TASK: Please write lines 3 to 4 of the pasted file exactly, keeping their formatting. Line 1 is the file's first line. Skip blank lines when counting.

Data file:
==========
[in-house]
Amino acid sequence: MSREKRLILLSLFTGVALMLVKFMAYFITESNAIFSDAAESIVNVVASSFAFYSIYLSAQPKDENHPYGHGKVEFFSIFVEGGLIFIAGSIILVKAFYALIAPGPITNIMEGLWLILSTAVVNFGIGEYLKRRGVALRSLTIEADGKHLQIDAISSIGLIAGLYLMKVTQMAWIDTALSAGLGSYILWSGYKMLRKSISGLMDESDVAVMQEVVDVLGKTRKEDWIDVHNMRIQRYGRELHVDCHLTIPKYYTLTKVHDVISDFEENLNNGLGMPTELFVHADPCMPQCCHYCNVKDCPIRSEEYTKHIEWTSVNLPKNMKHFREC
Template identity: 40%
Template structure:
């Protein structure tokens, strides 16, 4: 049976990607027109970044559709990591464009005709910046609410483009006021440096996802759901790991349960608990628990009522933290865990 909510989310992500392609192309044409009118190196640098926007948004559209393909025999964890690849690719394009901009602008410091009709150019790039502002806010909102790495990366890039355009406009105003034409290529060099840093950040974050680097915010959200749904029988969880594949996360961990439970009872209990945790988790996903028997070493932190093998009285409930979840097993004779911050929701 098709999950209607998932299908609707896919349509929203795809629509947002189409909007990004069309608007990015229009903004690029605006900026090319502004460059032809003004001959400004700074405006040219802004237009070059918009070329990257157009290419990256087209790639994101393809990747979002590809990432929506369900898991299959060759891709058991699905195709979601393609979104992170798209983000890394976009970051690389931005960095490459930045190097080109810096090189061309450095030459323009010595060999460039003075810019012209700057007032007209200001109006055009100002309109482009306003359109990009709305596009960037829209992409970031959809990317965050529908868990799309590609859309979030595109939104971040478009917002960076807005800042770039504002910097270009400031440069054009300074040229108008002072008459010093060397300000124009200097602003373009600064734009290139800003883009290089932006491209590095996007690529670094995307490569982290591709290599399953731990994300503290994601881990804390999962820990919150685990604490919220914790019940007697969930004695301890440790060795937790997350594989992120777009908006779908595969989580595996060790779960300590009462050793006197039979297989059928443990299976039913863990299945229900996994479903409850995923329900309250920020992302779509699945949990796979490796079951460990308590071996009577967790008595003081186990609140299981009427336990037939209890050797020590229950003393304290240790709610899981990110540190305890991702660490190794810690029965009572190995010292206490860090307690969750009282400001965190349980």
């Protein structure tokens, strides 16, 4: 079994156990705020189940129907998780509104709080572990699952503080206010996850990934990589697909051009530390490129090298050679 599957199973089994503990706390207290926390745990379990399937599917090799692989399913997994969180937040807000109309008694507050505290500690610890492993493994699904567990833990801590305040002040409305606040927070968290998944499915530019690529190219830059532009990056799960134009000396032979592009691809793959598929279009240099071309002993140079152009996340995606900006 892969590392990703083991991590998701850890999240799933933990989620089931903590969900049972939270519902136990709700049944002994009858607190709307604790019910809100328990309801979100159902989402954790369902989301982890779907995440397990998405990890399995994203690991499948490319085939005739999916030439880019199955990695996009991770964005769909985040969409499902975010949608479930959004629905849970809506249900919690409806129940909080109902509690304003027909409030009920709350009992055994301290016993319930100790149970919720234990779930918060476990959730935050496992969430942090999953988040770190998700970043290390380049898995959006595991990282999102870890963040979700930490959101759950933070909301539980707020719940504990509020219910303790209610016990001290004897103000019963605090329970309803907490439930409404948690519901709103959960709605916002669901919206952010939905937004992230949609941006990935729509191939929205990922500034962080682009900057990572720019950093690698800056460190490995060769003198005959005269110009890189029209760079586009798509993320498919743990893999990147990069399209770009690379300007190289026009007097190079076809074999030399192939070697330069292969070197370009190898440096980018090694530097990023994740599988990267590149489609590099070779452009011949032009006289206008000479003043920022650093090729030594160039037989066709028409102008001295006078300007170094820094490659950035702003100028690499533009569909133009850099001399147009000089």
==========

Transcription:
Template identity: 40%
Template structure: